Troop Sergeant-Major Sidney Charles Harding. Victoria Rangers. Born 1861 in Kensington London....

Son of Colonel Charles Harding. Hon. Colonel of the 4th V.B Queen’s Royal West Regiment. West Surrey. England

Educated at Felsted School and St Johns College, Cambridge. Emigrated to S.A. Came to Mashonaland 1893.

Trooper Harold John Hellet. Victoria Rangers.
(no other information on him)

Lieutenant Arend Hermanus Hofmeyr. No 4 Troop. Victoria Rangers. Son of a clergyman of the Dutch Reformed Church in Cape Colony. (no dates)

Lieutenant George
Hughes. No 1 Troop. Victoria Rangers. Son of an Irish Methodist Minister. Educated at the Methodist College, Belfast and the Royal University of Ireland. Emigrated, first to America and later to S.A. Member of the Pioneer Column 1890.

Captain William Joseph Judd.
Commanded No 4 Troop, Victoria Rangers. Originally from Cape Colony. Member of the Pioneer Column. Had a transport business who’s Headquarters was at Victoria. Was elected Commandant of local Burghers.

Corporal Harry Graham Kinlock.
‘B’ Troop Salisbury Horse. Born 1863 at Norwood, Surrey, England.
Educated at Harrow and Trinity College, Cambridge. Came to Mashonaland about 1891. Was a successful Solicitor in Salisbury and had been a good athlete, cricketer and ex-amateur champion lightweight boxer.

Captain Argent Blundell Kirton. Born at Portsmouth Hants., England 6th February 1857. Educated at St Paul’s Grammer School, Cosham. Kirsten arrived in S.A in 1873 and farmed in the Bush-veld near Zeerust. He knew Mashonaland and Matabeleland well in pre-Company days and “was on terms of intimacy with Lobengula”. At the outbreak of the Matabele war he was Officer-in-Charge of Transport. Victoria Range. On arrival at Bulawayo in November 1893 he volunteered to join the Pursuit Column.

Trooper George Sawers Mackenzie
‘B’ Troop, Salisbury Horse,
Born in Murree, Punjab in 1860. Emigrated to S.A 1889. Came to Mashonaland with the Pioneer Column. Was an assault with the Zambesia Exploration Company.

Trooper Mathew Meiklejohn.
‘B’ Troop, Salisbury Horse, Originally from Cape Town.
(no additional information)

Trooper Harold Dalton Watson Moore Money
‘B’ Troop, Salisbury Horse.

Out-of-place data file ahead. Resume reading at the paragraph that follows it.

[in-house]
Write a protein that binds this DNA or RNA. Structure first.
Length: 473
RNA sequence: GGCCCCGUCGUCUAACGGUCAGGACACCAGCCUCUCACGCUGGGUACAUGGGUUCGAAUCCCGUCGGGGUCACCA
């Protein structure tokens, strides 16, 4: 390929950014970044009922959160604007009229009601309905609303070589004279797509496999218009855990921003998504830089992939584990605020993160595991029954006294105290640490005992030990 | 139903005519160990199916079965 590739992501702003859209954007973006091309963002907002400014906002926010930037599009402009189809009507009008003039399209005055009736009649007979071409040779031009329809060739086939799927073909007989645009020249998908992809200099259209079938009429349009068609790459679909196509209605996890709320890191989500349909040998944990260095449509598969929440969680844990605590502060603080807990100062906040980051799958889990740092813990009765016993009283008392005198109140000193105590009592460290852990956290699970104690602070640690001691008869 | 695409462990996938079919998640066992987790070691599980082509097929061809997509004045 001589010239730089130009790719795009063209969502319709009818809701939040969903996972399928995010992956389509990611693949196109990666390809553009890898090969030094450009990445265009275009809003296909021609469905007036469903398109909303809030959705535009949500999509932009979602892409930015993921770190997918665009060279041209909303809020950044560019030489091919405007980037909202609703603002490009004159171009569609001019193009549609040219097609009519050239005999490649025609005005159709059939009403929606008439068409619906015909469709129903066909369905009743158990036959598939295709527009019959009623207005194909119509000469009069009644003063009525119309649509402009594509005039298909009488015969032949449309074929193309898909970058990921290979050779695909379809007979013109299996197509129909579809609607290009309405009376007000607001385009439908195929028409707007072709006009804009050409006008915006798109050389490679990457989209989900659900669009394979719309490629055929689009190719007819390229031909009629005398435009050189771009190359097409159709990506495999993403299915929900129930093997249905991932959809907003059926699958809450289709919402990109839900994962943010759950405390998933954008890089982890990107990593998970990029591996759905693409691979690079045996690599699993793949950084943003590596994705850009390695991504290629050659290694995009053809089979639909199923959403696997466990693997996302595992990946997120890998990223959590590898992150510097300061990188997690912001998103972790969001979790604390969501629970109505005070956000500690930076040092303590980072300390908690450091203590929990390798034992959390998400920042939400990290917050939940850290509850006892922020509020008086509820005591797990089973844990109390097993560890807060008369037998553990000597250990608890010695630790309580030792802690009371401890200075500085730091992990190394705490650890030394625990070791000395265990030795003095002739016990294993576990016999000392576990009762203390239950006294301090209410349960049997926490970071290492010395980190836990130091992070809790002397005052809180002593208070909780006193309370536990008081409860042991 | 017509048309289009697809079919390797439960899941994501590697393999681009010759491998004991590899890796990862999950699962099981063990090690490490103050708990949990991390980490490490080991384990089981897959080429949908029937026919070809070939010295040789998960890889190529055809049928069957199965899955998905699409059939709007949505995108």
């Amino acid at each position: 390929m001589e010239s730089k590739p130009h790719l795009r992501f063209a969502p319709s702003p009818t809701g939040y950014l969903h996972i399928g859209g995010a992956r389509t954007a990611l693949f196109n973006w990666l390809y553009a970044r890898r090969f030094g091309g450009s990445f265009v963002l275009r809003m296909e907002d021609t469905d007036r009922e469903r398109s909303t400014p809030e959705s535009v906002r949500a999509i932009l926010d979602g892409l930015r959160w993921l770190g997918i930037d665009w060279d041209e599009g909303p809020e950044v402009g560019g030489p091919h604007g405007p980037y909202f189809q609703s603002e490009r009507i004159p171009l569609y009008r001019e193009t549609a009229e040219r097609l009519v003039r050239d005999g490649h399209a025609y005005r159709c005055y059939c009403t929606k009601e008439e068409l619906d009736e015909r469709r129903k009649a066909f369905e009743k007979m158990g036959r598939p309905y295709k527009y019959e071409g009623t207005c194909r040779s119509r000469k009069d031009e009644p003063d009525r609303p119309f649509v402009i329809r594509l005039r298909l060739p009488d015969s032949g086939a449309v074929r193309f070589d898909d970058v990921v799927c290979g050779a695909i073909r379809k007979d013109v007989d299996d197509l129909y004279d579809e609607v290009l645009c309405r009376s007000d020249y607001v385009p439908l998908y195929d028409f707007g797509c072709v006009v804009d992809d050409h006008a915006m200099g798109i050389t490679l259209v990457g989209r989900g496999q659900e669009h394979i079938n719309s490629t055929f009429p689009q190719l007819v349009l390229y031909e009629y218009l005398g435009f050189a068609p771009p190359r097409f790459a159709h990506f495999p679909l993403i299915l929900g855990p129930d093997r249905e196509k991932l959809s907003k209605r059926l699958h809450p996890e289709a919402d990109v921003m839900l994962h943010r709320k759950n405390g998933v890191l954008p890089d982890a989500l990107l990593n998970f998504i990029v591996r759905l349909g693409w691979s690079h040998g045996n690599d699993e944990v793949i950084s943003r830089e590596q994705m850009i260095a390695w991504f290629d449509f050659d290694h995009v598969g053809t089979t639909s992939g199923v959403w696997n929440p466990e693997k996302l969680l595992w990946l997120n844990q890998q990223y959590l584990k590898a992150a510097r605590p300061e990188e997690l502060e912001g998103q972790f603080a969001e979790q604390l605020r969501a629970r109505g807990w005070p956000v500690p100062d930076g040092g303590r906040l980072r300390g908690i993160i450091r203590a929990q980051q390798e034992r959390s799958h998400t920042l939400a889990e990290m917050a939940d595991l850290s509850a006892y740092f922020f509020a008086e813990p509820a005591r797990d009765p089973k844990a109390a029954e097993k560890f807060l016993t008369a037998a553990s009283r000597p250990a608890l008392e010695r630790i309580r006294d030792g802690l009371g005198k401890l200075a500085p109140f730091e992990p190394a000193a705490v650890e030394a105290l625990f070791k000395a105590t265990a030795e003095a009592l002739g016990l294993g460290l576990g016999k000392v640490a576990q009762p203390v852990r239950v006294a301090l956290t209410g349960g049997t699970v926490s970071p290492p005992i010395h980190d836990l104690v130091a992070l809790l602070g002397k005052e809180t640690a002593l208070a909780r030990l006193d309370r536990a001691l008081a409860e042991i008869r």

Born 1872 at Tulpigori Bengal.
Son of Major-General R.C Money. Educated at Wellington College. Emigrated to S.A (as protege of Captain Borrow) in May 1893. Came of a military family but failed Sandhurst. He was one of seven who made up a Public Schools Mess in Borrow’s Troop.

Trooper Percy Crampton Nunn.
‘B’ Troop, Salisbury Horse, Born 1855 at Bury St Edmunds. Son of R Nunn. Professor of Music. Emigrated to S.A about 1881.

Trooper Alexander Hay Robertson.
Victoria Rangers.
(no other information on him)

Trooper John (Jack) Robertson. Victoria Rangers.
Born 1867 at Auchnayle Pitlochry. Son of John Robertson. Emigrated to S.A about 1887.

Trooper William Alexander Thomson.
‘B’ Troop, Salisbury Horse.
Born in 1871 in Aberdeen. Educated at Elgin Academy. Emigrated to S.A 1889. Came to Mashonaland 1891.

Trooper Henry St John Tuck.
‘B’ Troop, Salisbury Horse.
Born 1868. Son of W.H Tuck, M.A. Educated at lancing College and in Germany. Emigrated to S.A 1889. Member of the Pioneer Column 1890.

Trooper Frank Leon Vogel.
‘B’ Troop, Salisbury Horse.
Born 21st October 1870 in Auckland New Zealand. Second son of Hon. Sir Julius Vogel, K.C.M.G. Educated at Charterhouse. Came to Mashonaland 1891. Had been in the London Office of the Chartered Company then, in the Survey Dept in Salisbury and finally as Acting Assistant-Secretary to the Administrator Dr. Jameson.

Trooper Henry George Watson.
‘B’ Troop, Salisbury Horse.
(no further information on him)

Trooper Thomas Colclough Watson.
‘B’ Troop, Salisbury Horse.
Son of Colonel T.J. Watson.
Educated at Wellington College. Emigrated to Mashonaland 1891 after residence in Tasmania and India.

Trooper Edward Earle Welby.
Victoria Rangers.
(no additional information on him)